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Jack Coleman Cook

On February 3, 1945, Jack Coleman Cook, the ball turret gunner on the Robert Clax Long crew, saved the life of Edward Field, the crew’s navigator. After the pilot ditched their B-17, 42-102501, also known as The Challenger, in the North Sea, Cook gave his spot in the life raft to Field. Edward Field survived the ditching. Jack Cook did not.

Jack Cook deserves to be honored for his bravery on that day.  To that end, I am researching Jack Cook to see if I can find any living relatives. In most cases, my research reveals a fairly clear picture of someone’s past from so long ago. But in Jack’s case, there are a lot of holes in his family’s history, possibly caused by some name and location changes, so this search is going to require a bit more work than most. Today I am publishing what I have found, but hopefully by next week, I will have a clearer picture of Jack and his family.

Jack Cook’s parents were William Prince Cook, Sr. and Mary Ellen Cagle Cook (see Notes). William Prince Cook, Sr. was born January 27, 1894 in Clarkedale, Crittenden County, Arkansas. He fought in WWI with Battery A, 114th Field Artillery, 30th Division. Mary Ellen Cagle Cook was born Feb. 1, 1903 in Durant, Holmes County, Mississippi.

Oldest son, Jack Coleman Cook, was born October 18, 1925 in Tennessee. (See Notes).

I cannot find any early records or even a 1930 census record for the family, but the 1940 census indicates that in 1935, the Cook family lived in Memphis, Shelby County, Tennessee.

The Cook family’s 1940 census record was taken on April 5, 1940. It showed that they lived at 909 Garland Avenue, Hot Springs, Arkansas.

909 Garland Avenue

909 Garland Avenue

In 1940, Jack’s father was forty-six years old and owned an automobile dealership, Prince Cook Motors, at 500 Ouachita Avenue in Hot Springs. Jack’s mother, Mary Ellen Cagle Cook was thirty-seven years old. Jack was fourteen, and the highest grade he had completed was seventh grade, indicating that he was attending eighth grade in the 1939 to 1940 school year. Jack had a younger brother, William Prince Cook, Jr., who was five years old (born December 3, 1934 in Tennessee), and was called “Prince.”  Jack also had a younger sister, Mary Princella Cook, who was 4 years old (born March 8, 1936 in Memphis, Tennessee), and was called “Princella.” Also living with the Cook family in 1940 was a live-in nurse, twenty-six year old Geneva Pegues.

On December 10, 1943, almost two months past his eighteenth birthday, Jack Cook enlisted in WWII.

On August 12, 1944, still 18 years old, Jack Cook married Lucille Hutzell in Hot Springs, Garland County, Arkansas. Lucille was from Hot Springs and was nineteen years old (born December 29, 1924 in Buckner, Franklin County, Illinois) when she married Jack.

After completing his military training, on January 9, 1945, Jack was assigned to the 384th Bomb Group, 546th Bomb Squad on AAF Station 106 Special Orders #8 as the ball turret gunner of the Robert Long crew. His first mission was on January 29, 1945, with the target the railroad marshalling yards in Siegen, Germany. Three days later, Jack flew his second mission on February 1, 1945, with the target a highway and railroad bridge in Ludwigshafen, Germany. Two days after that mission, Jack flew his third and final mission on February 3, 1945, with the target the Tempelhof railroad marshalling yards in Berlin.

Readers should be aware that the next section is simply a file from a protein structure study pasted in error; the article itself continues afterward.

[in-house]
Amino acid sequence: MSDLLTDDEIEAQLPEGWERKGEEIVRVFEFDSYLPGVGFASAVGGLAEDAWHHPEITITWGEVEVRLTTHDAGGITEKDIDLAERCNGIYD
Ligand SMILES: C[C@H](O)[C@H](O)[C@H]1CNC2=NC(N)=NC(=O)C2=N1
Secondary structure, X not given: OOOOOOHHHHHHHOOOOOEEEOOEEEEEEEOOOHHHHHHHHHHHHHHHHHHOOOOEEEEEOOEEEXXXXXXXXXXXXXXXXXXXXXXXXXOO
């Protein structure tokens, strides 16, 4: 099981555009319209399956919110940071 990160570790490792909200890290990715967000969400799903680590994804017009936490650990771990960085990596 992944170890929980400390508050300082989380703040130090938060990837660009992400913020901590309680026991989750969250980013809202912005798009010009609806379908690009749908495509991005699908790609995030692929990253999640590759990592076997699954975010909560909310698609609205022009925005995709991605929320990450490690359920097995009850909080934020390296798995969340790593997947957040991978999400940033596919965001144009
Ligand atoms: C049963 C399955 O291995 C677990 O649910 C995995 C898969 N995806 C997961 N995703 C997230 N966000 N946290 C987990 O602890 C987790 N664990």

Jack was only nineteen years old and he and Lucille had been married less than six months when he died in the North Sea.

On September 8, 1945 Lucille remarried. She married James Virgil Harmon in Garland County, Arkansas. James also fought in WWII. James was born on October 20 or 22, 1925 (just a few days after Jack Cook was born) in Hot Springs, Garland County, Arkansas. Being so close in age, Jack and James may have been schoolmates.

Jack is buried in Greenwood Cemetery, Hot Springs, Garland County, Arkansas, Plot: Block C. His mother (step-mother), father, and brother are buried  nearby, also in Block C. Jack’s father, William Prince Cook, Sr., died May 13, 1962, Jack’s brother, William Prince Cook, Jr., died January 2, 1981, and Jack’s mother, Mary Ellen Cagle Cook, died Oct. 30, 1989. Jack’s sister, Mary Princella Cook, died March 3, 1990, burial place unknown. Princella lived in the family home at 909 Garland Avenue in Hot Springs until her death.

Lucille’s second husband, James Virgil Harmon, died December 15, 1973 in North Little Rock, Pulaski County, Arkansas, and is buried in Edgewood Memorial Park.

Lucille Hutzell Cook Harmon died March 25, 2011 in Beebe, White County, Arkansas.

I would like to find any living relatives of Jack Coleman Cook. They should know of his bravery on his last mission in WWII. I don’t know if, in their short marriage, Jack and Lucille had any children, but his brother and sister may have had children, which would be his nieces and nephews. Please write to me if you are related to Jack Coleman Cook and would like to join the mission to honor Jack.

For more information about the ditching and rescue, read these related posts:


  • I have reason to believe that Mary Ellen Cagle was Jack’s step-mother rather than his mother, but not enough time to investigate fully before posting this article. I hope to have it all figured out by next week and will add more/correct this post’s information then.
  • Jack Coleman Cook’s birth year is incorrect on his headstone.  It reads 1926 rather than 1925. Find-a-grave record.

© Cindy Farrar Bryan and The Arrowhead Club, 2016


  1. Jimmy Harmon says:

    This was a great read my mother was Lucille Hutzel Harmon . We knew about Jack Cook was her first husband & he had died ,but didn’t know just how .. thanks for the story !!


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